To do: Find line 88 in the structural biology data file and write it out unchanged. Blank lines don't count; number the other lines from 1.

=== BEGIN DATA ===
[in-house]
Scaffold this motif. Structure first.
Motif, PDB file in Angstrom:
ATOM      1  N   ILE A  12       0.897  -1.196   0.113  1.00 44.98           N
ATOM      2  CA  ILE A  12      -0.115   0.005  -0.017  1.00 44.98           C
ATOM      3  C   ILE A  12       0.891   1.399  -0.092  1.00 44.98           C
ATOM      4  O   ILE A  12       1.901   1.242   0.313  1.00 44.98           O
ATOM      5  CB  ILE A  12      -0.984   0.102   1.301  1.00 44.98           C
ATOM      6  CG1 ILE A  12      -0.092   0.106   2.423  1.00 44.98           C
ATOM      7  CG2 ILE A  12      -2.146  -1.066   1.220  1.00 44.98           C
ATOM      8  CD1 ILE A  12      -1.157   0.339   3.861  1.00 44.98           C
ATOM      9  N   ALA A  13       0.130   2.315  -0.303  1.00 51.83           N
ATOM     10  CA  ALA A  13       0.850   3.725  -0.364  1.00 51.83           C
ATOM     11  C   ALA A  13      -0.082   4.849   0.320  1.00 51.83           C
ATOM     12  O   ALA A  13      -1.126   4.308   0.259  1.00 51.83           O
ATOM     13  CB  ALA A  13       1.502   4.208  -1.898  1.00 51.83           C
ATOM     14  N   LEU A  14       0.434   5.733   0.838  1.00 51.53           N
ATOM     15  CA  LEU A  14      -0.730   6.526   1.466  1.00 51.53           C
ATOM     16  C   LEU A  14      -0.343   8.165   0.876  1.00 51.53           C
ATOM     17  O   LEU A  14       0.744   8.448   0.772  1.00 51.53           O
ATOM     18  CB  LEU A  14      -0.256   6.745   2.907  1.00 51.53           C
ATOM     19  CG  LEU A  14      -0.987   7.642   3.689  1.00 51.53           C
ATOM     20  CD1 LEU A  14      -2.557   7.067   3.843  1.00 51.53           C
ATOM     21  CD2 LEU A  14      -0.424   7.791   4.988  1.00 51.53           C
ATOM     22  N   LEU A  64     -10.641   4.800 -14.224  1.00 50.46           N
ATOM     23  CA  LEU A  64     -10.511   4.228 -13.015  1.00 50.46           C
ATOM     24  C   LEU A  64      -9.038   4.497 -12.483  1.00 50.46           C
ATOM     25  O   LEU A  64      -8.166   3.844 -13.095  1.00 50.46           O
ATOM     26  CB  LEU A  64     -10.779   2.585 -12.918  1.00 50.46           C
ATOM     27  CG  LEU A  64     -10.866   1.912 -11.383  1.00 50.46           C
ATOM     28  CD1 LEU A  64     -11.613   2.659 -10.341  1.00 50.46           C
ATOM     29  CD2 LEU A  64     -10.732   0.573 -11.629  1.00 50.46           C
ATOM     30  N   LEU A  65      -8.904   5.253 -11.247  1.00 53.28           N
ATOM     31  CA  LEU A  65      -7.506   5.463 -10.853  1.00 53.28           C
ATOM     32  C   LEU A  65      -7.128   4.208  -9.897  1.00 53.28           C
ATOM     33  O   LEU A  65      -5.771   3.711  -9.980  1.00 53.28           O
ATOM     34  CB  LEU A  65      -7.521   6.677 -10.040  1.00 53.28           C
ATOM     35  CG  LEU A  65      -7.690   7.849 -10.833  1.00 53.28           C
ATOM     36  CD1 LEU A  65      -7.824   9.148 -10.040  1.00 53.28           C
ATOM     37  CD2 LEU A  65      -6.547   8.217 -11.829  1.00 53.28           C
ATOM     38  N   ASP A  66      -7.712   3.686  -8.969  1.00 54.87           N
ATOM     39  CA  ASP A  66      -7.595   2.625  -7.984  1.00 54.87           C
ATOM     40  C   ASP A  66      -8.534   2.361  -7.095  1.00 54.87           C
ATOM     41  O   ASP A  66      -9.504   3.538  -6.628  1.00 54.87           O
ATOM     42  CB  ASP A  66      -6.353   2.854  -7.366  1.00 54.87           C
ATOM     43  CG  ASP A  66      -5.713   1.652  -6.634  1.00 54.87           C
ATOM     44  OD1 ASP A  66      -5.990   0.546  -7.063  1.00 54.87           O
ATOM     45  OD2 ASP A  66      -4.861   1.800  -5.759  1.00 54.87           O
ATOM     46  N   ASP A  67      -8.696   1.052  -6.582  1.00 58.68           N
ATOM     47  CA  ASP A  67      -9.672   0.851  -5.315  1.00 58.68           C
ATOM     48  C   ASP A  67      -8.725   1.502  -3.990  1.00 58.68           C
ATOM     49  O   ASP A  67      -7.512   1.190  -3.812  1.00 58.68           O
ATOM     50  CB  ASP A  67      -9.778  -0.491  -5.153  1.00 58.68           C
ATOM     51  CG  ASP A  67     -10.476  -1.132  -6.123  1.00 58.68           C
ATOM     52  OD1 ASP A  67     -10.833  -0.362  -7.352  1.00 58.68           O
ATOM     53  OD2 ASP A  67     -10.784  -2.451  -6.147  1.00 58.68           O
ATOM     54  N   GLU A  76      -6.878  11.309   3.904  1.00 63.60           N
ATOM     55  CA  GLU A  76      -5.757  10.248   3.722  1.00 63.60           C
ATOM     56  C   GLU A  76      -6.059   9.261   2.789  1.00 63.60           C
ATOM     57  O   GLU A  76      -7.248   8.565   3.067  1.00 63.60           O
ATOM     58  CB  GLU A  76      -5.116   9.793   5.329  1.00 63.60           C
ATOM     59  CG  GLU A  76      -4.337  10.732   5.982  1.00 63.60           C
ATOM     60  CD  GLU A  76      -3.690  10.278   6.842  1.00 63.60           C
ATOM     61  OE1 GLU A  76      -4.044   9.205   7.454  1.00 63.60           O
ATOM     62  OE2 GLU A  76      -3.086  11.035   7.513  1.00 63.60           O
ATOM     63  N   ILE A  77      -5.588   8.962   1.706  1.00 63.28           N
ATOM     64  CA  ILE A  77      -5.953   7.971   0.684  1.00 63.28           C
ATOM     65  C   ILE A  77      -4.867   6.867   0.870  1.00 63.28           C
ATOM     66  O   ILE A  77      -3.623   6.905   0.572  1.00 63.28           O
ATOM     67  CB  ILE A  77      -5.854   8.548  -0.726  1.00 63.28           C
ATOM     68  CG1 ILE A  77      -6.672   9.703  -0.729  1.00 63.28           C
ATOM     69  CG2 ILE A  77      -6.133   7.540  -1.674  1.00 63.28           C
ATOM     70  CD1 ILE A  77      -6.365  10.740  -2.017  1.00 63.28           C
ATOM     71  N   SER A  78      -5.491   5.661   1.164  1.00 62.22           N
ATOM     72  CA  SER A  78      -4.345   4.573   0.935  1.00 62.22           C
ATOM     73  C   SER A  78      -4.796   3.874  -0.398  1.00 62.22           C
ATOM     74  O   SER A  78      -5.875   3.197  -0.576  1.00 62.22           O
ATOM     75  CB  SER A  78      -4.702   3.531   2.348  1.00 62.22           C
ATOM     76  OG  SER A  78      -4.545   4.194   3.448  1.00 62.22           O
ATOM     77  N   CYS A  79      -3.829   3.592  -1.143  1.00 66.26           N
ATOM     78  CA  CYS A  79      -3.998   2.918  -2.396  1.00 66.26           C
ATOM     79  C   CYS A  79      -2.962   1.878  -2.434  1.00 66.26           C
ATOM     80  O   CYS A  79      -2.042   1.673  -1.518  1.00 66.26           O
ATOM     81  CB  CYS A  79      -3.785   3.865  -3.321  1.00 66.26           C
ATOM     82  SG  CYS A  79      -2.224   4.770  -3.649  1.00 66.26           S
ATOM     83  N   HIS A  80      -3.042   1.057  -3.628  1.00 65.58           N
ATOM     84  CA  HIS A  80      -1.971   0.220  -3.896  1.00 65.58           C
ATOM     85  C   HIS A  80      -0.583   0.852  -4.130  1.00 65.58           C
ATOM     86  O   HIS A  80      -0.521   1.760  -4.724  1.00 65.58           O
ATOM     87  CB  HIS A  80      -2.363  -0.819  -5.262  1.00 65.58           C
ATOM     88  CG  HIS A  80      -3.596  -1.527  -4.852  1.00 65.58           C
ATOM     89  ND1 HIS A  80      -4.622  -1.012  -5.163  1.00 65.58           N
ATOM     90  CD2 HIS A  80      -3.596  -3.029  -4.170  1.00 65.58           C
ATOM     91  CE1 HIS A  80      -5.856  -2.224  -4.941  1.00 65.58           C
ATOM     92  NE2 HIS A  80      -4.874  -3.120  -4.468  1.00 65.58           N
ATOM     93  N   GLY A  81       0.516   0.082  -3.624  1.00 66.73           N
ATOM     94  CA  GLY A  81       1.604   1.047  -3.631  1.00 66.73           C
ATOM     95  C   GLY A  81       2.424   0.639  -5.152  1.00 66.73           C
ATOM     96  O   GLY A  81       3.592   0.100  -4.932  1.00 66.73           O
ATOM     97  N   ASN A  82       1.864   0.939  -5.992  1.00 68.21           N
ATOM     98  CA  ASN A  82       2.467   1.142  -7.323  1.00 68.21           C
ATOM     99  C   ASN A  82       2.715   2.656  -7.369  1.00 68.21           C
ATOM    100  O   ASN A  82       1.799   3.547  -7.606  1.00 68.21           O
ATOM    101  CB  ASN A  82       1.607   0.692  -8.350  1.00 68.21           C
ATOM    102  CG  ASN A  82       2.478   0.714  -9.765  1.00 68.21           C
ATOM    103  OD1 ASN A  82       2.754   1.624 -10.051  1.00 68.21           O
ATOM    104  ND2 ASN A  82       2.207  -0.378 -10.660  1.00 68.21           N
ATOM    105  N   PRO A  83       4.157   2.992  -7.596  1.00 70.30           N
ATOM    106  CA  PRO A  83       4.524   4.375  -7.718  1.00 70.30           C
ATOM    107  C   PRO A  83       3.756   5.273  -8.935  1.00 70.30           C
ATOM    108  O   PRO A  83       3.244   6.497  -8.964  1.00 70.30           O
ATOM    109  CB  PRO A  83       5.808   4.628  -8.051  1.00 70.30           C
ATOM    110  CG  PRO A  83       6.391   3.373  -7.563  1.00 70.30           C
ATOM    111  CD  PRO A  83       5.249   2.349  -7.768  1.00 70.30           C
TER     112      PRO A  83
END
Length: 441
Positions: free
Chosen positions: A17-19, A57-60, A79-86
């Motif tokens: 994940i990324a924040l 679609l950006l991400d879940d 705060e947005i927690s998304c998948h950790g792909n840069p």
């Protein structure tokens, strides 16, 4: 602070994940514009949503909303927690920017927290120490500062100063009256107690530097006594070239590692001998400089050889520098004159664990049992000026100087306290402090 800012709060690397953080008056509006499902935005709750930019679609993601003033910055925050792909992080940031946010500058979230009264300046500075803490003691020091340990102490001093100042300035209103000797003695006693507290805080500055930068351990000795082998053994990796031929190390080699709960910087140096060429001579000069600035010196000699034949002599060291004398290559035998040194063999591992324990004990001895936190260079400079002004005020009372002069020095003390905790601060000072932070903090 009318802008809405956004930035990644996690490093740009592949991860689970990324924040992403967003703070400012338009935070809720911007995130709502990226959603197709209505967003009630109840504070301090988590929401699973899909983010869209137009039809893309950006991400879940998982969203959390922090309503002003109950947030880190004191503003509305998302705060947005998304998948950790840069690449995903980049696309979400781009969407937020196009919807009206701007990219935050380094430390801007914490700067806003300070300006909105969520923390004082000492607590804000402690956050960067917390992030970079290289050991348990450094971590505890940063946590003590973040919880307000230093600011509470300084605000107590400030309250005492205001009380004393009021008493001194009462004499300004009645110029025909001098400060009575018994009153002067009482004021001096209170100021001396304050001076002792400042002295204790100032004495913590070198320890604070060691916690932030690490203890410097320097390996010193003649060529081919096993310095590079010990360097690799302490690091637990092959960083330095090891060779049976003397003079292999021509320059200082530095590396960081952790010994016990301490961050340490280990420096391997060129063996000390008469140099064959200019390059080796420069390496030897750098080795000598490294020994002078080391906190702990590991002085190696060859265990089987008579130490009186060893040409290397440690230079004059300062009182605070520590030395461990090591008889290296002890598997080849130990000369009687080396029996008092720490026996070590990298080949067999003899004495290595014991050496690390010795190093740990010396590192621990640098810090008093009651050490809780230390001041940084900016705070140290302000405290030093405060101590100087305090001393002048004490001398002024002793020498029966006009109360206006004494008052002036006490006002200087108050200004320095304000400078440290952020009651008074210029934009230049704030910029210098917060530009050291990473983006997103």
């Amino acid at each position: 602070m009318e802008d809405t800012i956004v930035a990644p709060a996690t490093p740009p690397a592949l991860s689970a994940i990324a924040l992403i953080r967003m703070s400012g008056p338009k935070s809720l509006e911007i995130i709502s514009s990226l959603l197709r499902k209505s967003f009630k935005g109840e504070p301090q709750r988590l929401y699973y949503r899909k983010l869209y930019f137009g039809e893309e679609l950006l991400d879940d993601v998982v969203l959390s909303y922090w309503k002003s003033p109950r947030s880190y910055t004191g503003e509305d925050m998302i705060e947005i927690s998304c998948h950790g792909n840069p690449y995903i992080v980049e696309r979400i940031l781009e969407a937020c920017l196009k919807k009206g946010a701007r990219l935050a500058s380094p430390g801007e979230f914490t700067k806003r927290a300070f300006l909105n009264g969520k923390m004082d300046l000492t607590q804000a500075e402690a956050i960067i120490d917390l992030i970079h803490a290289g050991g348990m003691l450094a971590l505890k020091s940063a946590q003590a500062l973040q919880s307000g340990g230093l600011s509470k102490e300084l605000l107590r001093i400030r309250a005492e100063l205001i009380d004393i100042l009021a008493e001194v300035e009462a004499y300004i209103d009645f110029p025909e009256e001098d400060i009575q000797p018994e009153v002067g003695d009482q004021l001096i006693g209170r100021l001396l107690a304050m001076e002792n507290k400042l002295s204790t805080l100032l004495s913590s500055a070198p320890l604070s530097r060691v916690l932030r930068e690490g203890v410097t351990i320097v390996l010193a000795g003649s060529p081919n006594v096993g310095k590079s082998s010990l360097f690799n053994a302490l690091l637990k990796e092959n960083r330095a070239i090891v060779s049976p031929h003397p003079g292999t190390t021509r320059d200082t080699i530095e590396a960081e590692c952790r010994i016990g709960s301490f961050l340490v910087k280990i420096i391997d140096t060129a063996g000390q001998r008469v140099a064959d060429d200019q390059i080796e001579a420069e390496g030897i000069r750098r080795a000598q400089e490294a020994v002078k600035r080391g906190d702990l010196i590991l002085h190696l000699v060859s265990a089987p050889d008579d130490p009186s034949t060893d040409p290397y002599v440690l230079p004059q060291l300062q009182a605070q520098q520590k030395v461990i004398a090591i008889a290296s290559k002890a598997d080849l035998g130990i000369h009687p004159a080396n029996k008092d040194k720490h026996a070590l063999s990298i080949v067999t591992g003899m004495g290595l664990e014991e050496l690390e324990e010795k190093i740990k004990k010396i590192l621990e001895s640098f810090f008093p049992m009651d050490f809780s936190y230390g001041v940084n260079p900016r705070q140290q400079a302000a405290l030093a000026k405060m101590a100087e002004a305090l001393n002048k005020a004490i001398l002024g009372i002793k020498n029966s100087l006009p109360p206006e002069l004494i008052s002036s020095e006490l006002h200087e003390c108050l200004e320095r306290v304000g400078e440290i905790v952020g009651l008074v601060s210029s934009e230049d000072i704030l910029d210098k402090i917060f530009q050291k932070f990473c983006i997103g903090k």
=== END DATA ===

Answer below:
ATOM     85  C   HIS A  80      -0.583   0.852  -4.130  1.00 65.58           C